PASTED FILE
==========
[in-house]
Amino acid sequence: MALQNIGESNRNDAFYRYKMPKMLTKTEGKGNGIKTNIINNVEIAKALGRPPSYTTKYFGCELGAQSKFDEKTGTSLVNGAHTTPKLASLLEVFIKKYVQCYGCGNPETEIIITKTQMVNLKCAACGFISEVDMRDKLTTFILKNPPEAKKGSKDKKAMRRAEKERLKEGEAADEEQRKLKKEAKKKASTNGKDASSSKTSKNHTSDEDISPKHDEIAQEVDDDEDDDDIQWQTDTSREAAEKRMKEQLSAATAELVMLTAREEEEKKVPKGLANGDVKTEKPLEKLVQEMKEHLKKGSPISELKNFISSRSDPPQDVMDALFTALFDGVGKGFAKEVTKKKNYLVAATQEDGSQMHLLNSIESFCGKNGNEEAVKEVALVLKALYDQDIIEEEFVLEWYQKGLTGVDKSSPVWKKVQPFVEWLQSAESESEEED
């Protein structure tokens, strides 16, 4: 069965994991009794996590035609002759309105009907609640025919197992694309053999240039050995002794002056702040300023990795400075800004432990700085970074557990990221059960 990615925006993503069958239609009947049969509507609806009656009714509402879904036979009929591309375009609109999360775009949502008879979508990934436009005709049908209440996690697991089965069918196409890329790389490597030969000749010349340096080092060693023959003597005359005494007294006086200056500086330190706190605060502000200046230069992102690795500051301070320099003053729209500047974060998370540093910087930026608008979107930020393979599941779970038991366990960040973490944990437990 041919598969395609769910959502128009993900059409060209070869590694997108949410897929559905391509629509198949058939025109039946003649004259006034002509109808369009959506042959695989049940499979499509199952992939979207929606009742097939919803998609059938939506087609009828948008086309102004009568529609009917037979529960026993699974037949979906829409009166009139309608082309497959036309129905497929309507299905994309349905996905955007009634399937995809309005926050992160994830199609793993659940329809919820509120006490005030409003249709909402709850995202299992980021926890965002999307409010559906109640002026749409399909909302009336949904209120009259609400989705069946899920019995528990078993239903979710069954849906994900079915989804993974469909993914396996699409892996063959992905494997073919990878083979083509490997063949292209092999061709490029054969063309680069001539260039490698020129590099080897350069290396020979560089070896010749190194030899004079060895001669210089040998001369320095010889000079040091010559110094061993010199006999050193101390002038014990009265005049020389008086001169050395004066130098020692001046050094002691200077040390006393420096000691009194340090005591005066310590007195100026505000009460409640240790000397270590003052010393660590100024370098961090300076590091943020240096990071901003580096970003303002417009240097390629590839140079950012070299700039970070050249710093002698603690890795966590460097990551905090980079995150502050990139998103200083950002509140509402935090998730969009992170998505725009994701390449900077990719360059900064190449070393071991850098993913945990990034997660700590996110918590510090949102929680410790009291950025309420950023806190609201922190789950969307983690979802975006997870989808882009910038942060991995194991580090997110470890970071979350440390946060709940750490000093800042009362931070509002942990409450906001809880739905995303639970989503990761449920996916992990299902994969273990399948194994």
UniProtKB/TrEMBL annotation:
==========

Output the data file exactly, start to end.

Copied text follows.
[in-house]
Amino acid sequence: MALQNIGESNRNDAFYRYKMPKMLTKTEGKGNGIKTNIINNVEIAKALGRPPSYTTKYFGCELGAQSKFDEKTGTSLVNGAHTTPKLASLLEVFIKKYVQCYGCGNPETEIIITKTQMVNLKCAACGFISEVDMRDKLTTFILKNPPEAKKGSKDKKAMRRAEKERLKEGEAADEEQRKLKKEAKKKASTNGKDASSSKTSKNHTSDEDISPKHDEIAQEVDDDEDDDDIQWQTDTSREAAEKRMKEQLSAATAELVMLTAREEEEKKVPKGLANGDVKTEKPLEKLVQEMKEHLKKGSPISELKNFISSRSDPPQDVMDALFTALFDGVGKGFAKEVTKKKNYLVAATQEDGSQMHLLNSIESFCGKNGNEEAVKEVALVLKALYDQDIIEEEFVLEWYQKGLTGVDKSSPVWKKVQPFVEWLQSAESESEEED
């Protein structure tokens, strides 16, 4: 069965994991009794996590035609002759309105009907609640025919197992694309053999240039050995002794002056702040300023990795400075800004432990700085970074557990990221059960 990615925006993503069958239609009947049969509507609806009656009714509402879904036979009929591309375009609109999360775009949502008879979508990934436009005709049908209440996690697991089965069918196409890329790389490597030969000749010349340096080092060693023959003597005359005494007294006086200056500086330190706190605060502000200046230069992102690795500051301070320099003053729209500047974060998370540093910087930026608008979107930020393979599941779970038991366990960040973490944990437990 041919598969395609769910959502128009993900059409060209070869590694997108949410897929559905391509629509198949058939025109039946003649004259006034002509109808369009959506042959695989049940499979499509199952992939979207929606009742097939919803998609059938939506087609009828948008086309102004009568529609009917037979529960026993699974037949979906829409009166009139309608082309497959036309129905497929309507299905994309349905996905955007009634399937995809309005926050992160994830199609793993659940329809919820509120006490005030409003249709909402709850995202299992980021926890965002999307409010559906109640002026749409399909909302009336949904209120009259609400989705069946899920019995528990078993239903979710069954849906994900079915989804993974469909993914396996699409892996063959992905494997073919990878083979083509490997063949292209092999061709490029054969063309680069001539260039490698020129590099080897350069290396020979560089070896010749190194030899004079060895001669210089040998001369320095010889000079040091010559110094061993010199006999050193101390002038014990009265005049020389008086001169050395004066130098020692001046050094002691200077040390006393420096000691009194340090005591005066310590007195100026505000009460409640240790000397270590003052010393660590100024370098961090300076590091943020240096990071901003580096970003303002417009240097390629590839140079950012070299700039970070050249710093002698603690890795966590460097990551905090980079995150502050990139998103200083950002509140509402935090998730969009992170998505725009994701390449900077990719360059900064190449070393071991850098993913945990990034997660700590996110918590510090949102929680410790009291950025309420950023806190609201922190789950969307983690979802975006997870989808882009910038942060991995194991580090997110470890970071979350440390946060709940750490000093800042009362931070509002942990409450906001809880739905995303639970989503990761449920996916992990299902994969273990399948194994």
UniProtKB/TrEMBL annotation: